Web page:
[Book Review] A Cheeky Memoir That is a Basis for an Exposé

Guards Gone Wild
Loh Teck Yong
Self-published (2018)/ 200 pp.
To purchase the book, click here.

Security guards often find themselves between a rock and a hard place. They are sometimes viewed as lazy or ineffective given that most guards one sees are either rotund or getting on in their years. For those who carry out their duties assiduously, they are seen as party-poopers.

Their situation is not helped by the powers that be thinking that the security industry can be improved by slapping individual guards with fines and jail time, thus perpetuating the idea that the problem lies in the individual.

Cue Guards Gone Wild by Loh Teck Yong.

Either by coincidence or telepathy, Loh seemed to have anticipated this change in the security industry by writing about his experiences as a security guard which spanned decades.

Mirroring the cheekiness of the title, Loh’s writing is exuberant, making the book an enjoyable read, which can be devoured in a couple of sittings. One could almost imagine the twinkle in his eye as he scribbles down his first draft.

With anecdotes about know-it-all superiors, uncoöperative colleagues, and impenetrably bureaucratic management, it feels like Loh is shooting the breeze with his readers over post-work drinks.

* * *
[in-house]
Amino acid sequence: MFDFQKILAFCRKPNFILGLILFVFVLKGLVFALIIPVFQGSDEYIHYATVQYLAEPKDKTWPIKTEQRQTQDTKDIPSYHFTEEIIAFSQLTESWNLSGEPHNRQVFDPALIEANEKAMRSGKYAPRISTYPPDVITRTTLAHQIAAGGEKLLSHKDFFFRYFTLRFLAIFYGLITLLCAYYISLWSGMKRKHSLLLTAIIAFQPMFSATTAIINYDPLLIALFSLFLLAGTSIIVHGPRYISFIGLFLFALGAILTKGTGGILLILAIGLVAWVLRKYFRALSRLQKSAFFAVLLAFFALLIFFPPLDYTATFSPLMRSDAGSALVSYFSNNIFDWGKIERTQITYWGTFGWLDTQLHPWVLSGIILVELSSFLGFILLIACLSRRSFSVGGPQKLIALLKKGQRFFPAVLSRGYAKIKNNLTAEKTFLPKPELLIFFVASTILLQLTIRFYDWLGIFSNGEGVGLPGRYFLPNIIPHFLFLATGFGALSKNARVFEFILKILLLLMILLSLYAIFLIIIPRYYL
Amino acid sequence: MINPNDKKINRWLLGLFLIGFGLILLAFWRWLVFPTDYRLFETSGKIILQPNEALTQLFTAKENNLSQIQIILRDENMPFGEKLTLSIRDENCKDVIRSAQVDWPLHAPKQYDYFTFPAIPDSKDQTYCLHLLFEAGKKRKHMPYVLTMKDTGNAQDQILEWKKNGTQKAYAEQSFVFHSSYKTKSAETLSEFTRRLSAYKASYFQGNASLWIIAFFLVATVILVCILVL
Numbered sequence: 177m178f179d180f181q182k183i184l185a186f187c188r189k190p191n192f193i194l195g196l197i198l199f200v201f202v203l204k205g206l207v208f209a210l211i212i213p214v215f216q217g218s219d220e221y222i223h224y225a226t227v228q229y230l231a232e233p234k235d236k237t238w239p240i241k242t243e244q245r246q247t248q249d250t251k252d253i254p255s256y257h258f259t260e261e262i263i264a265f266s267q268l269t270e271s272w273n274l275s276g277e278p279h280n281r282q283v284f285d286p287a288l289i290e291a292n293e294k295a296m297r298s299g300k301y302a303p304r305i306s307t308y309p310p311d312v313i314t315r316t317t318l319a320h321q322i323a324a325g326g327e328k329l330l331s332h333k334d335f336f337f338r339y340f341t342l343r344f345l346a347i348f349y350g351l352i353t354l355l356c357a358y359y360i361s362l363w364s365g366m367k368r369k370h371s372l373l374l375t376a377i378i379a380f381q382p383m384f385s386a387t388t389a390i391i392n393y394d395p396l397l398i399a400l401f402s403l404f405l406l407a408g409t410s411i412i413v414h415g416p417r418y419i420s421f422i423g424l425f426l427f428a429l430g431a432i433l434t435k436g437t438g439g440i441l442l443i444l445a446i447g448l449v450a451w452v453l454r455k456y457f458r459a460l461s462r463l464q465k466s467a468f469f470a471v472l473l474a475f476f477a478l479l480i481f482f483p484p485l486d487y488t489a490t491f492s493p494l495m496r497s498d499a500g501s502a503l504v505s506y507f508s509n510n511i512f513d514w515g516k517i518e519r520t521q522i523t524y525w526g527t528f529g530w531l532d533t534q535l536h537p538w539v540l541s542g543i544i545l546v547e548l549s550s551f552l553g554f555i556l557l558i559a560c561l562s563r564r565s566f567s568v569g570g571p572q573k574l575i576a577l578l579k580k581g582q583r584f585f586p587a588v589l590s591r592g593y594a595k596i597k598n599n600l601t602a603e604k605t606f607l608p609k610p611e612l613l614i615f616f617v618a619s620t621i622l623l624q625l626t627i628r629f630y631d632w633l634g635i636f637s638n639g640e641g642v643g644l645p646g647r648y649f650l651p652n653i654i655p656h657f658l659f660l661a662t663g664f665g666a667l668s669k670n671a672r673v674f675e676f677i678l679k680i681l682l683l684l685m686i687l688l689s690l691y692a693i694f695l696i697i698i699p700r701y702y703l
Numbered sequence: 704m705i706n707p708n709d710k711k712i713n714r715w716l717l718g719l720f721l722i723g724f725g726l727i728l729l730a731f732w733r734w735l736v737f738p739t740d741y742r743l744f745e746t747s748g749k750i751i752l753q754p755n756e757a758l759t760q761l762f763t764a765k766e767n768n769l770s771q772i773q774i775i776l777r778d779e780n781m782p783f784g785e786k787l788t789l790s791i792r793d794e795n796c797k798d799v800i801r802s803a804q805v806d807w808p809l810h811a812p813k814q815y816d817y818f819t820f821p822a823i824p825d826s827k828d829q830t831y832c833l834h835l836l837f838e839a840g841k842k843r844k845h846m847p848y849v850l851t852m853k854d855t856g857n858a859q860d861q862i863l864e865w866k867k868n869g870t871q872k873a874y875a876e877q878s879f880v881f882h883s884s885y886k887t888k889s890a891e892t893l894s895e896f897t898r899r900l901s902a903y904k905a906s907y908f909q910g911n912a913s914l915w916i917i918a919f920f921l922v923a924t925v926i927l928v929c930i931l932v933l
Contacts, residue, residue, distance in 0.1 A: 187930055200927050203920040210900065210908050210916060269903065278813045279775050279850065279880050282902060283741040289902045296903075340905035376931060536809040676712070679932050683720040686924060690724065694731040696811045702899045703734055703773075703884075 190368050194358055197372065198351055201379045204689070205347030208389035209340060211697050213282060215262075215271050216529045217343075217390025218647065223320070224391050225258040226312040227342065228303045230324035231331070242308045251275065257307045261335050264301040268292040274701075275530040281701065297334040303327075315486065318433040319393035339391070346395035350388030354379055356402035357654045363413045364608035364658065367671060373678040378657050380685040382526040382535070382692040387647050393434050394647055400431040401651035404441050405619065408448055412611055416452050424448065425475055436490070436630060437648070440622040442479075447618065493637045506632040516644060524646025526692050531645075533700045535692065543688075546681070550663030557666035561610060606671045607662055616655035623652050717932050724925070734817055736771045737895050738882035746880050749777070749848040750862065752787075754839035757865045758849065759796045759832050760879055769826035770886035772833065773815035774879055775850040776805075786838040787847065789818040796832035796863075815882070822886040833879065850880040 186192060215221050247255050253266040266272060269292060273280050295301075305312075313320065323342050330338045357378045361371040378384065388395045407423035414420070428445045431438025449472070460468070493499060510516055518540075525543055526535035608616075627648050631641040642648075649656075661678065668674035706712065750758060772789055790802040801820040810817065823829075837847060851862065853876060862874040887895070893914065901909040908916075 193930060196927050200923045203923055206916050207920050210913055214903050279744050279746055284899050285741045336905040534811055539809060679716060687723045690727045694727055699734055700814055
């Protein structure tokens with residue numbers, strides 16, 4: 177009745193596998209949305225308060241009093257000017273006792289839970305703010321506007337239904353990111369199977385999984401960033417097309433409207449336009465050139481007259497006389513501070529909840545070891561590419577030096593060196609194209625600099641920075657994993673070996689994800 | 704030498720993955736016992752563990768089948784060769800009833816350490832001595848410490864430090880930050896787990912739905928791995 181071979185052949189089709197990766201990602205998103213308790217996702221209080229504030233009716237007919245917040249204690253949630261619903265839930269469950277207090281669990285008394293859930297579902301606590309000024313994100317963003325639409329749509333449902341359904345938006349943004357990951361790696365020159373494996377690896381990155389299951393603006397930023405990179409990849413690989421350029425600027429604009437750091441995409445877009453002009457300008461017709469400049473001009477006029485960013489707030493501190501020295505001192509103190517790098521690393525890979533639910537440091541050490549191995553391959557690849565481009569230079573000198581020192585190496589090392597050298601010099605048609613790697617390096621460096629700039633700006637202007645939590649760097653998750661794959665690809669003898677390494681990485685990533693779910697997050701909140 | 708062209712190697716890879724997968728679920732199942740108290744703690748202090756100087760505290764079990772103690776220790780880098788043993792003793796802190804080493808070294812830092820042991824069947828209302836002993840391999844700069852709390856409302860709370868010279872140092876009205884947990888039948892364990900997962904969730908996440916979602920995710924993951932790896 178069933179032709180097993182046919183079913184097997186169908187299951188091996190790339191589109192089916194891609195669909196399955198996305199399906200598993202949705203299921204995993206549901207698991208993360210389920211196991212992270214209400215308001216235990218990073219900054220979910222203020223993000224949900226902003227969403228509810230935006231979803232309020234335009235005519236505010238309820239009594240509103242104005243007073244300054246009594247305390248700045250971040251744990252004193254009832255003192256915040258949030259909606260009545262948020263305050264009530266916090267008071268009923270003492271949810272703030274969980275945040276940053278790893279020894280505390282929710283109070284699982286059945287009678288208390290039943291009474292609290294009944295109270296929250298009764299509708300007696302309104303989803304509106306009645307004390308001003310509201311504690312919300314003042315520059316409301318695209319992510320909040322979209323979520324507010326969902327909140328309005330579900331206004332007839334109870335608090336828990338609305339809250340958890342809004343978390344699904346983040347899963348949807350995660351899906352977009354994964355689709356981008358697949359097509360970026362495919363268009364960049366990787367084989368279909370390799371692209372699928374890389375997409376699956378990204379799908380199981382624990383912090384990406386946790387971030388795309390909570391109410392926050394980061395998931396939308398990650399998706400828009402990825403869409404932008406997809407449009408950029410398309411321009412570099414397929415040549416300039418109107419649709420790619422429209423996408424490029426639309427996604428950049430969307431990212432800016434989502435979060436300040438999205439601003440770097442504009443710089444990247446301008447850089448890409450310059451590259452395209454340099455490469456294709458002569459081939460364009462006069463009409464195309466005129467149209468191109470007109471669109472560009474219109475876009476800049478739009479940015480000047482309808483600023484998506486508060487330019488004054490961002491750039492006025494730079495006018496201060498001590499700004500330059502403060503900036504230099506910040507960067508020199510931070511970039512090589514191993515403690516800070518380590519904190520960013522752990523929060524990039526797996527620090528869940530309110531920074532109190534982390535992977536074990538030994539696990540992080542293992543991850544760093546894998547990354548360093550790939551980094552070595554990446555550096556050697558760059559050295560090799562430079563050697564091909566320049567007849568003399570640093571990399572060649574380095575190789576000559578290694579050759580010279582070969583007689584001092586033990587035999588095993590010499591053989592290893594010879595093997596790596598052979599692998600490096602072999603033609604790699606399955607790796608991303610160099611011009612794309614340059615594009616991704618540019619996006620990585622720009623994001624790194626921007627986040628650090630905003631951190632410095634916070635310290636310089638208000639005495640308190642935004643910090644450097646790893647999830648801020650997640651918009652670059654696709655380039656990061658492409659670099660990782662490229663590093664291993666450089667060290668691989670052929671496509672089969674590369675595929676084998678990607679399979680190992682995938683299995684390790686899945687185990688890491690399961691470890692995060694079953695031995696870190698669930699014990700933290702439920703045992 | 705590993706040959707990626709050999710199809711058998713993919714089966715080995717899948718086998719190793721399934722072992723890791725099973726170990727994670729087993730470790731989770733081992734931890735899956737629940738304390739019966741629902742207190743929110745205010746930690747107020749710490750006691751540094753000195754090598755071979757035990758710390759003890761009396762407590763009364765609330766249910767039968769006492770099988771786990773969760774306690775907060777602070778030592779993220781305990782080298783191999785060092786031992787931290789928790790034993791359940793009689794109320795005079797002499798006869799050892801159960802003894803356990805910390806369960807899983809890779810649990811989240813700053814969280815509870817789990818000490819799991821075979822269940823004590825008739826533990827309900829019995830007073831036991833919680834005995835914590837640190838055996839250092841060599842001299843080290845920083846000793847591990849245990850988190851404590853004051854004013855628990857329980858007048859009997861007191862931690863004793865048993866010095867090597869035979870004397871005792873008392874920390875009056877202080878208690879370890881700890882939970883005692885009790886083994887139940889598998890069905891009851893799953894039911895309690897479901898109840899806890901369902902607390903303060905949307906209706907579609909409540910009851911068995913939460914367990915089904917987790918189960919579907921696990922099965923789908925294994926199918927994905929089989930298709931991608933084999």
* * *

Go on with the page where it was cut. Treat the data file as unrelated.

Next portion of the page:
Hence, imagine my surprise when the second half of the book comes around. While retaining its breezy tone, Loh candidly reveals the tricks security companies get up to make up for the chronic problem of a lack of manpower.

From staging a charade by co-opting guards from other posts during audits to allowing guards to go on 24-hour shifts, these scams—as Loh calls it—are worrying and indicates an underlying systematic problem in the security industry, rather than a problem with a few bad apples.

If any of this is true, Guards Gone Wild must be an initial prescribed reading for lawmakers to rethink their strategy, and an extensive surprise audit is in order for the security industry.

That said, this book will benefit greatly from the guidance of a publishing company to par down certain excesses and correct the inconsistencies in typesetting.

With this book being an entertaining and educational read, it is hard to see why any publishing company would not want to republish this book.

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[Theatre Review] Reinterpreting the Dust of Dead Men

Cherilyn Woo reimagines Faust by putting humanity front and centre.

Photo: Crispian Chan

Faust/Us
Nine Years Theatre
24 March 2019, 3 p.m.
Drama Centre Black Box
21‒24 March 2019

Stage a conflict between God and Mephistopheles within a two-storey wooden structure? Recast Faust as a young woman? Rewrite the second part of Faust?

Nine Years Theatre (NYT) new associate director Cherilyn Woo, has achieved all that and more in Faust/Us, the company’s Mandarin adaptation of Faust.